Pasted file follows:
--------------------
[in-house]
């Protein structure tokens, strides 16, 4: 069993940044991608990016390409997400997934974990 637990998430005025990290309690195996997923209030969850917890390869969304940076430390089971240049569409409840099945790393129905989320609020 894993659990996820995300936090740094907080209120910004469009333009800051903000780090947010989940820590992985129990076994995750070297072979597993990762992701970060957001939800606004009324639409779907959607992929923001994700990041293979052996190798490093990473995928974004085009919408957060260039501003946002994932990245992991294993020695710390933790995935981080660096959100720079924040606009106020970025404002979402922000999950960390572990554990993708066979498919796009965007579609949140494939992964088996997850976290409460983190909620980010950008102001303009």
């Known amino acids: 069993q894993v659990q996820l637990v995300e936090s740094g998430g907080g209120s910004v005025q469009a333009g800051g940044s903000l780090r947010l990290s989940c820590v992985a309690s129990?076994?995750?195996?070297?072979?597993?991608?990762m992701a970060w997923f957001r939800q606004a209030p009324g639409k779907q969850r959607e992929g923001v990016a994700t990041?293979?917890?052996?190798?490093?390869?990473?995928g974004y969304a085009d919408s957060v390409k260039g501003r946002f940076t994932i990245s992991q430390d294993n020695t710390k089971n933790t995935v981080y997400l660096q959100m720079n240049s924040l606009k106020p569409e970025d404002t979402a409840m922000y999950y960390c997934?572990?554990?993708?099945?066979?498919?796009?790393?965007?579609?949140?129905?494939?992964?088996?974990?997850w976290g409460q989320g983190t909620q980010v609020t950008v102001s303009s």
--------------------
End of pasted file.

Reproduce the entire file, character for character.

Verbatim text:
[in-house]
């Protein structure tokens, strides 16, 4: 069993940044991608990016390409997400997934974990 637990998430005025990290309690195996997923209030969850917890390869969304940076430390089971240049569409409840099945790393129905989320609020 894993659990996820995300936090740094907080209120910004469009333009800051903000780090947010989940820590992985129990076994995750070297072979597993990762992701970060957001939800606004009324639409779907959607992929923001994700990041293979052996190798490093990473995928974004085009919408957060260039501003946002994932990245992991294993020695710390933790995935981080660096959100720079924040606009106020970025404002979402922000999950960390572990554990993708066979498919796009965007579609949140494939992964088996997850976290409460983190909620980010950008102001303009």
């Known amino acids: 069993q894993v659990q996820l637990v995300e936090s740094g998430g907080g209120s910004v005025q469009a333009g800051g940044s903000l780090r947010l990290s989940c820590v992985a309690s129990?076994?995750?195996?070297?072979?597993?991608?990762m992701a970060w997923f957001r939800q606004a209030p009324g639409k779907q969850r959607e992929g923001v990016a994700t990041?293979?917890?052996?190798?490093?390869?990473?995928g974004y969304a085009d919408s957060v390409k260039g501003r946002f940076t994932i990245s992991q430390d294993n020695t710390k089971n933790t995935v981080y997400l660096q959100m720079n240049s924040l606009k106020p569409e970025d404002t979402a409840m922000y999950y960390c997934?572990?554990?993708?099945?066979?498919?796009?790393?965007?579609?949140?129905?494939?992964?088996?974990?997850w976290g409460q989320g983190t909620q980010v609020t950008v102001s303009s």